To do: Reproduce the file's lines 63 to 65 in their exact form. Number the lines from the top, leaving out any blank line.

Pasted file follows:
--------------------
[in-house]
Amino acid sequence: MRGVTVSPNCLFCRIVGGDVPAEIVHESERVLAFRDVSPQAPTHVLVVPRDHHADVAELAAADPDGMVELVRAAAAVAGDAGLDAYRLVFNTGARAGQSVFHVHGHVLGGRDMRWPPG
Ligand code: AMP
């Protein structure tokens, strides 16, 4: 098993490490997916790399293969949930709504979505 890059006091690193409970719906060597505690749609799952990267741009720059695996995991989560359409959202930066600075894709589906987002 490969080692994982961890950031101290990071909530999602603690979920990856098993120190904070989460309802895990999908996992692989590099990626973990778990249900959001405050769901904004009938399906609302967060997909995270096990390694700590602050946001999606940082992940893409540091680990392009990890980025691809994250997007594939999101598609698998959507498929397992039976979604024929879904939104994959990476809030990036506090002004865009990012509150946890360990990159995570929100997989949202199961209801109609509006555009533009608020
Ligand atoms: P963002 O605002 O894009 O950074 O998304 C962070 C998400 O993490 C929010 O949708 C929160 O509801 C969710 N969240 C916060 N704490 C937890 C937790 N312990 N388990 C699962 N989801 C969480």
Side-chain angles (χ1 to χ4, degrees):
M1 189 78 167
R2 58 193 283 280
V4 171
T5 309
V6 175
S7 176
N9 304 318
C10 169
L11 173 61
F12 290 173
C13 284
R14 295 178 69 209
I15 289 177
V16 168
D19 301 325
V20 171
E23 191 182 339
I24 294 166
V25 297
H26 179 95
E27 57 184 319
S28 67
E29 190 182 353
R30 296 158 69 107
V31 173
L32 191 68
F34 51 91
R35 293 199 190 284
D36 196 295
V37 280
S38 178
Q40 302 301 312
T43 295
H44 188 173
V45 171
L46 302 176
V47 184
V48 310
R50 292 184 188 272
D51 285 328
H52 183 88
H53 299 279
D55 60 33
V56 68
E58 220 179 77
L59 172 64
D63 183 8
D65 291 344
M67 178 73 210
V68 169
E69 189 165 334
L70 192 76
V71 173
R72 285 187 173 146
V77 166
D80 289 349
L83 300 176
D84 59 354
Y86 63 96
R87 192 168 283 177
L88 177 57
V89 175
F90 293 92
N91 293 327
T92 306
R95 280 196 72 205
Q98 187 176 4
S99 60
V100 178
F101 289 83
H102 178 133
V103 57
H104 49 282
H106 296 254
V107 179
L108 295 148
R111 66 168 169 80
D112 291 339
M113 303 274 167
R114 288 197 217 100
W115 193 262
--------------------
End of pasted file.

L83 300 176
D84 59 354
Y86 63 96